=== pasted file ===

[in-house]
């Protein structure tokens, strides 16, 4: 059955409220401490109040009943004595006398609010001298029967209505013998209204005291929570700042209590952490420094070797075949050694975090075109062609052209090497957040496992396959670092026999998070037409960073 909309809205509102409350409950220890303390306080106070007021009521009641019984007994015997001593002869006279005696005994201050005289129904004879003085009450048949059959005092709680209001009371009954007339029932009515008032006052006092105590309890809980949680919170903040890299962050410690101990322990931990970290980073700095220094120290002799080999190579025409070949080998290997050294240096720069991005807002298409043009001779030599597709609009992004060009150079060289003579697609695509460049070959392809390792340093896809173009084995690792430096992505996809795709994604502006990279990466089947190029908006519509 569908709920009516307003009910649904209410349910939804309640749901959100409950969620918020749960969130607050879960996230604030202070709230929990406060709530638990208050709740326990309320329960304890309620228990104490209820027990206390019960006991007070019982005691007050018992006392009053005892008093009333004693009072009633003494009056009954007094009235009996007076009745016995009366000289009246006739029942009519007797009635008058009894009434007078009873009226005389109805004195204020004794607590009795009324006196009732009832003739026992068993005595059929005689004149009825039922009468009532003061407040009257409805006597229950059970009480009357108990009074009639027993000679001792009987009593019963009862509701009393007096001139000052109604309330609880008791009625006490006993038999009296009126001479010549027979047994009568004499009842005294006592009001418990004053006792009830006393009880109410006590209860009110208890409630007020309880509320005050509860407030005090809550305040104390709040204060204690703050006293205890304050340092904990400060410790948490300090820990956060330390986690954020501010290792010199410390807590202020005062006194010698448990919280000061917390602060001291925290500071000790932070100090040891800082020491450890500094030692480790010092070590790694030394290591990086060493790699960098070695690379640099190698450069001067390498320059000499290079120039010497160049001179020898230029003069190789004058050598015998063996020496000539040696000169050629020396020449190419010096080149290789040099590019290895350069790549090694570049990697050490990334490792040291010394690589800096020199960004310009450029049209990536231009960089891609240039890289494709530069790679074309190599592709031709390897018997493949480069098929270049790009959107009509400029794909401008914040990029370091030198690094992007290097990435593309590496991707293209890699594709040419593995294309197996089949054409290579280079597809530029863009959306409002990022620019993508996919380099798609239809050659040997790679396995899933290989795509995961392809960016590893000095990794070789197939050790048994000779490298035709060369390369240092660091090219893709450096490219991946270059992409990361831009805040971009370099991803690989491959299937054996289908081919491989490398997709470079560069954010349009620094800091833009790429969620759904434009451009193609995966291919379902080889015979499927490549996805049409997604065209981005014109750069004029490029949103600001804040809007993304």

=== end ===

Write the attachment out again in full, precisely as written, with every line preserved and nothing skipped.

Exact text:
[in-house]
């Protein structure tokens, strides 16, 4: 059955409220401490109040009943004595006398609010001298029967209505013998209204005291929570700042209590952490420094070797075949050694975090075109062609052209090497957040496992396959670092026999998070037409960073 909309809205509102409350409950220890303390306080106070007021009521009641019984007994015997001593002869006279005696005994201050005289129904004879003085009450048949059959005092709680209001009371009954007339029932009515008032006052006092105590309890809980949680919170903040890299962050410690101990322990931990970290980073700095220094120290002799080999190579025409070949080998290997050294240096720069991005807002298409043009001779030599597709609009992004060009150079060289003579697609695509460049070959392809390792340093896809173009084995690792430096992505996809795709994604502006990279990466089947190029908006519509 569908709920009516307003009910649904209410349910939804309640749901959100409950969620918020749960969130607050879960996230604030202070709230929990406060709530638990208050709740326990309320329960304890309620228990104490209820027990206390019960006991007070019982005691007050018992006392009053005892008093009333004693009072009633003494009056009954007094009235009996007076009745016995009366000289009246006739029942009519007797009635008058009894009434007078009873009226005389109805004195204020004794607590009795009324006196009732009832003739026992068993005595059929005689004149009825039922009468009532003061407040009257409805006597229950059970009480009357108990009074009639027993000679001792009987009593019963009862509701009393007096001139000052109604309330609880008791009625006490006993038999009296009126001479010549027979047994009568004499009842005294006592009001418990004053006792009830006393009880109410006590209860009110208890409630007020309880509320005050509860407030005090809550305040104390709040204060204690703050006293205890304050340092904990400060410790948490300090820990956060330390986690954020501010290792010199410390807590202020005062006194010698448990919280000061917390602060001291925290500071000790932070100090040891800082020491450890500094030692480790010092070590790694030394290591990086060493790699960098070695690379640099190698450069001067390498320059000499290079120039010497160049001179020898230029003069190789004058050598015998063996020496000539040696000169050629020396020449190419010096080149290789040099590019290895350069790549090694570049990697050490990334490792040291010394690589800096020199960004310009450029049209990536231009960089891609240039890289494709530069790679074309190599592709031709390897018997493949480069098929270049790009959107009509400029794909401008914040990029370091030198690094992007290097990435593309590496991707293209890699594709040419593995294309197996089949054409290579280079597809530029863009959306409002990022620019993508996919380099798609239809050659040997790679396995899933290989795509995961392809960016590893000095990794070789197939050790048994000779490298035709060369390369240092660091090219893709450096490219991946270059992409990361831009805040971009370099991803690989491959299937054996289908081919491989490398997709470079560069954010349009620094800091833009790429969620759904434009451009193609995966291919379902080889015979499927490549996805049409997604065209981005014109750069004029490029949103600001804040809007993304």